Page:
Thursday, March 23, 2006

The Hidden Goth








For all you one-time Goths out there what do you make of the following quote from an article on Goths and how they turn out?:

"The moment their teenage son or daughter dyes their hair black and starts getting creative with eyeliner can be a nightmare for parents. But a report suggests it should be a time for celebration. Goths are likely to grow up to be doctors, lawyers or architects, the study by Sussex University says. They are refined and sensitive, keen on poetry and books, not big on drugs or anti-social behaviour. They are also likely to carry on being goths into their adult life. They have an ability to express their feelings and are believers in romance rather than one-night stands, it says. In fact, the only things dark about them are their clothing and their sarcastic sense of humour. " (Read more by clicking the title link above - and the woman in their picture doesn't look like a Goth to me - far too bright!!).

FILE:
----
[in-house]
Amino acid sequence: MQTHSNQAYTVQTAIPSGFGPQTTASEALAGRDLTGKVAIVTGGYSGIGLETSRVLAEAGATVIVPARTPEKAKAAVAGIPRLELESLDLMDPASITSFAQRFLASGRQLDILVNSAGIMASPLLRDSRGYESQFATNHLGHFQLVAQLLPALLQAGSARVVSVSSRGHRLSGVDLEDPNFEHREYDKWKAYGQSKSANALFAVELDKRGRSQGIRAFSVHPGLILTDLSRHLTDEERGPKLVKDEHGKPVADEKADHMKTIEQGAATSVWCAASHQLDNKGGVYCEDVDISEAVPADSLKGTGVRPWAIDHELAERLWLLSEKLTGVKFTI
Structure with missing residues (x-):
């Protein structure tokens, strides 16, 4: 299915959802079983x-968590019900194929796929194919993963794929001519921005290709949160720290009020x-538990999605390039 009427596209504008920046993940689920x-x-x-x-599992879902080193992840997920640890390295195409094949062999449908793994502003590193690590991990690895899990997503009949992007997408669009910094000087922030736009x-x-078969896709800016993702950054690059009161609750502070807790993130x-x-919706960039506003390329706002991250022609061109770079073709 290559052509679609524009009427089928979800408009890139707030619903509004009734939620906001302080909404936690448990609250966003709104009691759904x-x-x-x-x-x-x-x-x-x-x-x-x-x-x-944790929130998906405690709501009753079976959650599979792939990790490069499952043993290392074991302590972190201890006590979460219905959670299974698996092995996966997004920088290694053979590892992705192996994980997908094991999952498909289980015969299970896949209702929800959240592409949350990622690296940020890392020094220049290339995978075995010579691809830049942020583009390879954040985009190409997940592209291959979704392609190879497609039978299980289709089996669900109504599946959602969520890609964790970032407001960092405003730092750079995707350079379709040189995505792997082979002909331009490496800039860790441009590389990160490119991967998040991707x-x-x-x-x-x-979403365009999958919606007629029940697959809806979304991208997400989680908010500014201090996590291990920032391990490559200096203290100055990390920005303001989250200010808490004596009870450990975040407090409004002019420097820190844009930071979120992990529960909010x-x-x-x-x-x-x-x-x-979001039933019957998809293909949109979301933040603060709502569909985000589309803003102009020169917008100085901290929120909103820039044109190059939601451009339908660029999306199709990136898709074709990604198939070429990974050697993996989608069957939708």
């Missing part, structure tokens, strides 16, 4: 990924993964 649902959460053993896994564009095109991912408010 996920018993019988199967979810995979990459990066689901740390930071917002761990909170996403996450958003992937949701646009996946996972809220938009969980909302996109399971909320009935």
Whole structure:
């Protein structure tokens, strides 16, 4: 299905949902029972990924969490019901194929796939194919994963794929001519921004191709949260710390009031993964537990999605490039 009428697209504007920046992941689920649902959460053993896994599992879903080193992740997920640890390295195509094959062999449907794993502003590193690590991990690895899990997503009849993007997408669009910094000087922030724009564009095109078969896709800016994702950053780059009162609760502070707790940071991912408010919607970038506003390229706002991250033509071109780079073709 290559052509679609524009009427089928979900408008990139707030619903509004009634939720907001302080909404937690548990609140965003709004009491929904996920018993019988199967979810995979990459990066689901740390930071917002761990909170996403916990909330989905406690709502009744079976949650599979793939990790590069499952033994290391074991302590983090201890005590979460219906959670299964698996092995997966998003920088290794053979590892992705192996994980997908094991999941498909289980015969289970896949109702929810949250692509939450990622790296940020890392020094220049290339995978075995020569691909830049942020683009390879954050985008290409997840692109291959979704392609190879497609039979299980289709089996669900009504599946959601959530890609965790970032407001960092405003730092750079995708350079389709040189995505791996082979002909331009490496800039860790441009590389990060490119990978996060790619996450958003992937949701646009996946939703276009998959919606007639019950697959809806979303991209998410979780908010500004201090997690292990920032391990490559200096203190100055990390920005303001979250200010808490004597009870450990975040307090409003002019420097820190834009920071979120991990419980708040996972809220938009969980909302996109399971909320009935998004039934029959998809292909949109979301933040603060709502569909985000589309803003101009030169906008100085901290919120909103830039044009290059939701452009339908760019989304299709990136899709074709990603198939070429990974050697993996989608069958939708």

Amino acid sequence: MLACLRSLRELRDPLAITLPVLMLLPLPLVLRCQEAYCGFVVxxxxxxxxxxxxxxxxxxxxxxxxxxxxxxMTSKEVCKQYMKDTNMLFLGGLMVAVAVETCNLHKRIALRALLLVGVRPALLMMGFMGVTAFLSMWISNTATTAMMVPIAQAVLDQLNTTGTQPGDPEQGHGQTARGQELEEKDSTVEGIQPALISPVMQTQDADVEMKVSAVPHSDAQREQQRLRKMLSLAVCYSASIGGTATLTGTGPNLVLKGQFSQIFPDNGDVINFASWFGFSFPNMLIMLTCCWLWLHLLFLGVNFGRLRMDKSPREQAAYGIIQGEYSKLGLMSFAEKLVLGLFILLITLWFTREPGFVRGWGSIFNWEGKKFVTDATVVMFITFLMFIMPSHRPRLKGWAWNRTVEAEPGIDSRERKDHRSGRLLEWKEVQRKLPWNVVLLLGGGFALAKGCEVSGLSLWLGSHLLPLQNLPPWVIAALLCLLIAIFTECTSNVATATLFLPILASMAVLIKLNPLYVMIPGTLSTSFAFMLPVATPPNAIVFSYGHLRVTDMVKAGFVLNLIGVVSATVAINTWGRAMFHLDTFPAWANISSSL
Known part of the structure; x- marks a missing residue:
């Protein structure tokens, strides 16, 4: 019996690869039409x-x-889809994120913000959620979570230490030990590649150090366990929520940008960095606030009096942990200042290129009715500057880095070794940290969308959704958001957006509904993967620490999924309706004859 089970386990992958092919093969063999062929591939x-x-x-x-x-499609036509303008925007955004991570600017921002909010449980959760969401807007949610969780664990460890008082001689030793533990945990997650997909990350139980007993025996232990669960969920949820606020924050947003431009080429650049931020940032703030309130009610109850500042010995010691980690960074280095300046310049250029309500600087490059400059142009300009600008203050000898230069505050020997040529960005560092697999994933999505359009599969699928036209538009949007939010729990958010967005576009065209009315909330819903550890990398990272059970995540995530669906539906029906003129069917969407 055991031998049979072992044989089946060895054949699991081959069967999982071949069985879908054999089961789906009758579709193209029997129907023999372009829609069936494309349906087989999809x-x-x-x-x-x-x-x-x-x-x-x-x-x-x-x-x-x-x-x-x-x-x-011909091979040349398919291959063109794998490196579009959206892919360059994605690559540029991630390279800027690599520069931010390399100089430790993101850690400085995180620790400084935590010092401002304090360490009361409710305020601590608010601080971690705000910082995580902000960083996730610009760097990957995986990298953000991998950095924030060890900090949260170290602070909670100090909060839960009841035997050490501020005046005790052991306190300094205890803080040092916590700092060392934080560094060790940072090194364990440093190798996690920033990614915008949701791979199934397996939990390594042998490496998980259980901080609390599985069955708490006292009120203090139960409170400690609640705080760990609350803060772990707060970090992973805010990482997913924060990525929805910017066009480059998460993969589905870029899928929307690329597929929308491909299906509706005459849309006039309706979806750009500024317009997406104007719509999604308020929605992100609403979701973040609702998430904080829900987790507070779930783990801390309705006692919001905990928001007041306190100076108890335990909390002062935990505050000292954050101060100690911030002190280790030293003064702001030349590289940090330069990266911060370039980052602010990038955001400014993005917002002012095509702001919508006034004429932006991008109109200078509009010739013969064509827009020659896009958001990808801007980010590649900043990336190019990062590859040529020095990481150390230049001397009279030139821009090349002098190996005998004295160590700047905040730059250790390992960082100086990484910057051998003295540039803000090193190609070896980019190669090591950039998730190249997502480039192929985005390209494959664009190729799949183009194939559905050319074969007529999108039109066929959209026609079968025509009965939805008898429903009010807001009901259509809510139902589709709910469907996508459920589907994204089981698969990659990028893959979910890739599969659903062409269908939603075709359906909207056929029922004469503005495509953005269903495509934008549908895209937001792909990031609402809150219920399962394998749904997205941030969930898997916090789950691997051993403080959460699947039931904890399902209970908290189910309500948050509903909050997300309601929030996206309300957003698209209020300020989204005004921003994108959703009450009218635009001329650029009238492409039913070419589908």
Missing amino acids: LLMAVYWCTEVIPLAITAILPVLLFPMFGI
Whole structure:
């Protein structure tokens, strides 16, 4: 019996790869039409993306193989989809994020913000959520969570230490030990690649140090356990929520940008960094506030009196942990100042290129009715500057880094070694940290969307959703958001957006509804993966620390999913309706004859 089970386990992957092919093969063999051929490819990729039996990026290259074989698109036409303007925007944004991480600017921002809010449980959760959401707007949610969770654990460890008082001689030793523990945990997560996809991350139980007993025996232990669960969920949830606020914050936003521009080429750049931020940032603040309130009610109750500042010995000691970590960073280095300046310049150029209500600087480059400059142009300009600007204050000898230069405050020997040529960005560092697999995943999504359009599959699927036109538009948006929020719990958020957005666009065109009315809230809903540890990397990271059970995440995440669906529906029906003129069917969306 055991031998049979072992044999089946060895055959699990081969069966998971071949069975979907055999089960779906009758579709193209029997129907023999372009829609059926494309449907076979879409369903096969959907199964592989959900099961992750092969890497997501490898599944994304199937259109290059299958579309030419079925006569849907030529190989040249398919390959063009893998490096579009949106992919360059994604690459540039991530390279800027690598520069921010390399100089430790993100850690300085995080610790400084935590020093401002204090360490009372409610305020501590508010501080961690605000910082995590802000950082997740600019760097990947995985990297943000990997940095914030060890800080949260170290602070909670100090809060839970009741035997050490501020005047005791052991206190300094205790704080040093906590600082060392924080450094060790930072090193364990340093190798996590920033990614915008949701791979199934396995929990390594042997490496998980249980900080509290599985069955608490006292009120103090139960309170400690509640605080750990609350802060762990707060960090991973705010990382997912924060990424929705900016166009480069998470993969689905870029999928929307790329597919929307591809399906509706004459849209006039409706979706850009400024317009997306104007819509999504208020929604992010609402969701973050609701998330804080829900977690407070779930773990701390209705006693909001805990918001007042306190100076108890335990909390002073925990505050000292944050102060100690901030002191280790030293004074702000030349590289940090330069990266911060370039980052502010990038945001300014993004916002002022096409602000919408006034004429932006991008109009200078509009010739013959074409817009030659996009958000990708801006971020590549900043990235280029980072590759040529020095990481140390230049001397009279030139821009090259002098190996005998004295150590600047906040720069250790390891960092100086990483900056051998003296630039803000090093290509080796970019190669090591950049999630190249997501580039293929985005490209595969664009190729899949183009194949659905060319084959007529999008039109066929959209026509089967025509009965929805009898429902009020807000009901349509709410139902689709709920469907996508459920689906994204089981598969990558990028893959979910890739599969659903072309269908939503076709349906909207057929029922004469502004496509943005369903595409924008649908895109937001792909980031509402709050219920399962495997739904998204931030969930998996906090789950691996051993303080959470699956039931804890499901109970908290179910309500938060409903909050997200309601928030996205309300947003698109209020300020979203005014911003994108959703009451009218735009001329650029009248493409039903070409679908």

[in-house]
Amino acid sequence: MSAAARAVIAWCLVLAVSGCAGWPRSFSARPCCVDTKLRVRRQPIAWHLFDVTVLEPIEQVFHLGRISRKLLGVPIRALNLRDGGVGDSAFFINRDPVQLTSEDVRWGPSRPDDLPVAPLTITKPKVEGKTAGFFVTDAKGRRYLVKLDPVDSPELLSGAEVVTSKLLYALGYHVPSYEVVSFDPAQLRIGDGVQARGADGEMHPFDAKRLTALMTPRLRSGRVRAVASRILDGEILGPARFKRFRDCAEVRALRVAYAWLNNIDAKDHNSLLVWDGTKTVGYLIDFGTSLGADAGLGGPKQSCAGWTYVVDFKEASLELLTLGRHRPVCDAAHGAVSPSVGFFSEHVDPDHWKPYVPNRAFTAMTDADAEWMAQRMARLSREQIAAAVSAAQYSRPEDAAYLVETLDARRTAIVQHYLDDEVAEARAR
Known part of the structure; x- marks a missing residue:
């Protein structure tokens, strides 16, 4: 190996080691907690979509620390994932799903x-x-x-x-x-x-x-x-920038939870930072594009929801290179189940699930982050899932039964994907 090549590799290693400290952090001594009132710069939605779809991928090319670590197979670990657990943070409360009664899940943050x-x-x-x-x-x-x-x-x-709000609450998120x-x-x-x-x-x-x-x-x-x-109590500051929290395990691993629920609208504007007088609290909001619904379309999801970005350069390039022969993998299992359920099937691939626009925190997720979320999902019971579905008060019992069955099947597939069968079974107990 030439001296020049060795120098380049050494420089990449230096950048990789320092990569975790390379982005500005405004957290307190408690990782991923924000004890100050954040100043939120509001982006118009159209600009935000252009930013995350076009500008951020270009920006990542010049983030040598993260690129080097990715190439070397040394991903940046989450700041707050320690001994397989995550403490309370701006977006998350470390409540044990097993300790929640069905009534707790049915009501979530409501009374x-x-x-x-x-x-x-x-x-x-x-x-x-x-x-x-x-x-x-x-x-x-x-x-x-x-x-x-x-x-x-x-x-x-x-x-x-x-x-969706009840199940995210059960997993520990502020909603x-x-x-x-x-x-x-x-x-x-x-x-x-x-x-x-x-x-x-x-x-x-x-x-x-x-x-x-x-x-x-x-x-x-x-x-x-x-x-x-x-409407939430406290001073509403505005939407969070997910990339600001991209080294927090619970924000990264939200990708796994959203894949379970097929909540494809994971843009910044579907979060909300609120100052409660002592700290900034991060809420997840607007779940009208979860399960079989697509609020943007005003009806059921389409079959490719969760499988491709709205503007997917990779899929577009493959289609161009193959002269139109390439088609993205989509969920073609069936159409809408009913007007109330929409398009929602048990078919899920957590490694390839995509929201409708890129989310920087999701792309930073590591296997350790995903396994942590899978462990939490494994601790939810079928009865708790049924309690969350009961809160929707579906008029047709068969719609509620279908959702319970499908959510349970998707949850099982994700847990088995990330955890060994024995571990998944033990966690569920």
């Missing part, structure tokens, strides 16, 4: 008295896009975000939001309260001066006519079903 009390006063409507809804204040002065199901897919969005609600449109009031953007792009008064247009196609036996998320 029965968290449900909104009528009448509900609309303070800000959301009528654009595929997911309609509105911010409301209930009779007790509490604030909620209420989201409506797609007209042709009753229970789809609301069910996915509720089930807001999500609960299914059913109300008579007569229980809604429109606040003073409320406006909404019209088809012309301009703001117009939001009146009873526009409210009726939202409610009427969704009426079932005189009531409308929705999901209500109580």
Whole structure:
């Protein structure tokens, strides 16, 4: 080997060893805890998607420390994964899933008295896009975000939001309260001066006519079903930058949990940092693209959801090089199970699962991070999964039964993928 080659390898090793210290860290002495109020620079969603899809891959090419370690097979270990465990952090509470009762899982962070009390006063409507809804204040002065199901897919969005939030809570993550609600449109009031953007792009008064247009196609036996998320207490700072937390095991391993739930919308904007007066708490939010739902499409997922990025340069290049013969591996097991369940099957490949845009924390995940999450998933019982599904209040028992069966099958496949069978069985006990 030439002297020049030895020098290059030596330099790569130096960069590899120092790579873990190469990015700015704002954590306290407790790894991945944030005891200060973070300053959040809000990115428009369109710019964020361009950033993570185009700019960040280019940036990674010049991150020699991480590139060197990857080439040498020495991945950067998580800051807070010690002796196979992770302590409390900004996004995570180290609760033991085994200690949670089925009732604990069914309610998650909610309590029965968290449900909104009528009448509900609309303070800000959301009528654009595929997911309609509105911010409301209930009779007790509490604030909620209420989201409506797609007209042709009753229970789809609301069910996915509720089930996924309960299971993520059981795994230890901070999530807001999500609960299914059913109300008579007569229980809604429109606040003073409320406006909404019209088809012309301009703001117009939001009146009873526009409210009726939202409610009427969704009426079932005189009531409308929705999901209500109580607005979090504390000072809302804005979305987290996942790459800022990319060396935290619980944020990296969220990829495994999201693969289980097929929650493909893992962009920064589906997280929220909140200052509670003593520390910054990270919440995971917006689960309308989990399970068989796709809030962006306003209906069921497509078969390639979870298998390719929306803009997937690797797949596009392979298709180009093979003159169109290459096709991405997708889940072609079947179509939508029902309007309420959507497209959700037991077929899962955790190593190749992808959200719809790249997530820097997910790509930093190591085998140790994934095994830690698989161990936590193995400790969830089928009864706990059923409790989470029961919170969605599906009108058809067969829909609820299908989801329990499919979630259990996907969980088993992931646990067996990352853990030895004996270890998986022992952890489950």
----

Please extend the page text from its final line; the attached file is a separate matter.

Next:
It's scarily accurate in my case! Having gone from black hair, black clothes, black make-up - but purple lips! (and should have taken out shares in black eye-liner), shopping in Carnaby Street (when it was an 80's Goth shopping 'paradise'), boots with buckles up to the knee, lots of crushed velvet, nights at Kentish Town & Country club and Hammersmith Palais, much listening to The Cult and The Mission (and even Doctor and the Medics!) - I seem to have emerged a responsible member of the community (though not a doctor, lawyer or architect). I also fit with the liking of poetry and books and was never into drugs or (significant!) anti-social behaviour! I haven't carried on being a Goth into adulthood (though there is still that 'hidden goth' tucked away somewhere!) - but I do still wear a lot of black (I found a job that positively encourages it - and I'm not a nun!).

1 Comments:

At March 27, 2006 2:53 pm, Anonymous Neil said...

I was a rubbish goth, I went to the right clubs for a while, and liked the right brand of industrial/techno, but couldn't bear to wear too much black, or look too miserable.

 

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